Sedition conviction proves gravity of Jan. 6 insurrection

Stewart Rhodes, leader of the Oath Keepers militia, and one of his subordinates were convicted on Tuesday of seditious conspiracy for their role in the Jan. 6, 2021 attack on the U.S. Capitol.

The conviction provides clear evidence that the riot that broke out in Washington that day was not just an exercise in freedom of speech or a tour group gone wrong. The a mob of far-right supporters of Donald Trump broke into the Capitol in an attempt to prevent Congress from approving the results of the 2020 presidential election. The mob wanted to thwart the will of the voters and keep Trump in office.

The Oath Keepers and other far-right groups came to Washington on Jan. 6 at the behest of Trump, and they came ready to impose their will. They roamed the halls of Congress searching for House Speaker Nancy Pelosi and Vice President Mike Pence. If they had found them, who knows what kind of standoff might have taken place.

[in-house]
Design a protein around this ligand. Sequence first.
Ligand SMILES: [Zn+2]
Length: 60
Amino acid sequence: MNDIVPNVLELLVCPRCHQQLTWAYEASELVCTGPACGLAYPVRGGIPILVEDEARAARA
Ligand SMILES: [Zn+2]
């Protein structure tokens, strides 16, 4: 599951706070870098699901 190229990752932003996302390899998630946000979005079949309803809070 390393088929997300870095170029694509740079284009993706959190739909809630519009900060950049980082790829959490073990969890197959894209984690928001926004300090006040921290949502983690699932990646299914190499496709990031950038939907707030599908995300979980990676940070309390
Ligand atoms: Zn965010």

A congressional committee continues to work on its investigation of the event, an investigation that the Republican leadership in Congress has refused to participate in, deriding it as a political ploy.

The verdict against Rhodes gives the lie to that resistance. This was an organized attack on the government of the United States, and deserves to be treated as such.


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